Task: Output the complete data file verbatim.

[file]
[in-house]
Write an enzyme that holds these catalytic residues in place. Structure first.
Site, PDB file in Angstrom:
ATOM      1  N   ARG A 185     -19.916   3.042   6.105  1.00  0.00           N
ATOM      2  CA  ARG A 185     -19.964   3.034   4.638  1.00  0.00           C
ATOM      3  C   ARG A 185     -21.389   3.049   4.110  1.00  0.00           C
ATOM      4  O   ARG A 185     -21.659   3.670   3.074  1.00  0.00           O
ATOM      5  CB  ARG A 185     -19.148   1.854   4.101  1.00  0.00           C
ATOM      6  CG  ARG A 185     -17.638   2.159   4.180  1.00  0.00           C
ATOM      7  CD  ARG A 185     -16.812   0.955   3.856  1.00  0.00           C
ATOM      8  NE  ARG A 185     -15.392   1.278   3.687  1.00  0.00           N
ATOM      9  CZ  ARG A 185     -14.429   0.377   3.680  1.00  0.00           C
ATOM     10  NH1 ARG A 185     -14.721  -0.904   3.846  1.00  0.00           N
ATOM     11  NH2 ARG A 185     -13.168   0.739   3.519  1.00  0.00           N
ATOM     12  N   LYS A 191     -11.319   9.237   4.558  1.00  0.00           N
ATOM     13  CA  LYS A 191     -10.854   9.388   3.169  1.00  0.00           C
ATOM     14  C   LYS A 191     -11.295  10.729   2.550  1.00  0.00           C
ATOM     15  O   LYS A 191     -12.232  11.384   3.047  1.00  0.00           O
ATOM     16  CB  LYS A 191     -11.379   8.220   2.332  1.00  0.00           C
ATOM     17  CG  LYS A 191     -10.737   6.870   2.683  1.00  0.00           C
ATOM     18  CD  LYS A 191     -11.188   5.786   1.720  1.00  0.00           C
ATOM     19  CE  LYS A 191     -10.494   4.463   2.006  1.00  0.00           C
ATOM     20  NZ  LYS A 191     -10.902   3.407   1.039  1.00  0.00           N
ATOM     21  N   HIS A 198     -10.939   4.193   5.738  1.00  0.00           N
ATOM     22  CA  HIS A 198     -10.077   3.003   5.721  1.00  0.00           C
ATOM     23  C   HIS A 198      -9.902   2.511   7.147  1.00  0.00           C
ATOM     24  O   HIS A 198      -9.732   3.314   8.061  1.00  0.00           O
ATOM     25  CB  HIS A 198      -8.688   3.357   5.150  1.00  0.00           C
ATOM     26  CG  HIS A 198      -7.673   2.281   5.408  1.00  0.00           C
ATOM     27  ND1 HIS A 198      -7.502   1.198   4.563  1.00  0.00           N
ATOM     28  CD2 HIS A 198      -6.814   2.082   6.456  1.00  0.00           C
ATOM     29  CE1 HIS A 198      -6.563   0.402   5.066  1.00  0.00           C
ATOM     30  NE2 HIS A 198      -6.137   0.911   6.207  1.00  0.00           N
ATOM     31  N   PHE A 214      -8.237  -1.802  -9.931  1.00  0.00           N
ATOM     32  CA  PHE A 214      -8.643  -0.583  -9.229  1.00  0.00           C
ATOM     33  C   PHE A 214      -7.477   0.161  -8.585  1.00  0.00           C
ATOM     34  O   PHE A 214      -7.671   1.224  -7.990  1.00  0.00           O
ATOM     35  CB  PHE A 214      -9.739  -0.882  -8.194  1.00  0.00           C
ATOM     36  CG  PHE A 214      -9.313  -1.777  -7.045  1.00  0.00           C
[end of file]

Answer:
[in-house]
Write an enzyme that holds these catalytic residues in place. Structure first.
Site, PDB file in Angstrom:
ATOM      1  N   ARG A 185     -19.916   3.042   6.105  1.00  0.00           N
ATOM      2  CA  ARG A 185     -19.964   3.034   4.638  1.00  0.00           C
ATOM      3  C   ARG A 185     -21.389   3.049   4.110  1.00  0.00           C
ATOM      4  O   ARG A 185     -21.659   3.670   3.074  1.00  0.00           O
ATOM      5  CB  ARG A 185     -19.148   1.854   4.101  1.00  0.00           C
ATOM      6  CG  ARG A 185     -17.638   2.159   4.180  1.00  0.00           C
ATOM      7  CD  ARG A 185     -16.812   0.955   3.856  1.00  0.00           C
ATOM      8  NE  ARG A 185     -15.392   1.278   3.687  1.00  0.00           N
ATOM      9  CZ  ARG A 185     -14.429   0.377   3.680  1.00  0.00           C
ATOM     10  NH1 ARG A 185     -14.721  -0.904   3.846  1.00  0.00           N
ATOM     11  NH2 ARG A 185     -13.168   0.739   3.519  1.00  0.00           N
ATOM     12  N   LYS A 191     -11.319   9.237   4.558  1.00  0.00           N
ATOM     13  CA  LYS A 191     -10.854   9.388   3.169  1.00  0.00           C
ATOM     14  C   LYS A 191     -11.295  10.729   2.550  1.00  0.00           C
ATOM     15  O   LYS A 191     -12.232  11.384   3.047  1.00  0.00           O
ATOM     16  CB  LYS A 191     -11.379   8.220   2.332  1.00  0.00           C
ATOM     17  CG  LYS A 191     -10.737   6.870   2.683  1.00  0.00           C
ATOM     18  CD  LYS A 191     -11.188   5.786   1.720  1.00  0.00           C
ATOM     19  CE  LYS A 191     -10.494   4.463   2.006  1.00  0.00           C
ATOM     20  NZ  LYS A 191     -10.902   3.407   1.039  1.00  0.00           N
ATOM     21  N   HIS A 198     -10.939   4.193   5.738  1.00  0.00           N
ATOM     22  CA  HIS A 198     -10.077   3.003   5.721  1.00  0.00           C
ATOM     23  C   HIS A 198      -9.902   2.511   7.147  1.00  0.00           C
ATOM     24  O   HIS A 198      -9.732   3.314   8.061  1.00  0.00           O
ATOM     25  CB  HIS A 198      -8.688   3.357   5.150  1.00  0.00           C
ATOM     26  CG  HIS A 198      -7.673   2.281   5.408  1.00  0.00           C
ATOM     27  ND1 HIS A 198      -7.502   1.198   4.563  1.00  0.00           N
ATOM     28  CD2 HIS A 198      -6.814   2.082   6.456  1.00  0.00           C
ATOM     29  CE1 HIS A 198      -6.563   0.402   5.066  1.00  0.00           C
ATOM     30  NE2 HIS A 198      -6.137   0.911   6.207  1.00  0.00           N
ATOM     31  N   PHE A 214      -8.237  -1.802  -9.931  1.00  0.00           N
ATOM     32  CA  PHE A 214      -8.643  -0.583  -9.229  1.00  0.00           C
ATOM     33  C   PHE A 214      -7.477   0.161  -8.585  1.00  0.00           C
ATOM     34  O   PHE A 214      -7.671   1.224  -7.990  1.00  0.00           O
ATOM     35  CB  PHE A 214      -9.739  -0.882  -8.194  1.00  0.00           C
ATOM     36  CG  PHE A 214      -9.313  -1.777  -7.045  1.00  0.00           C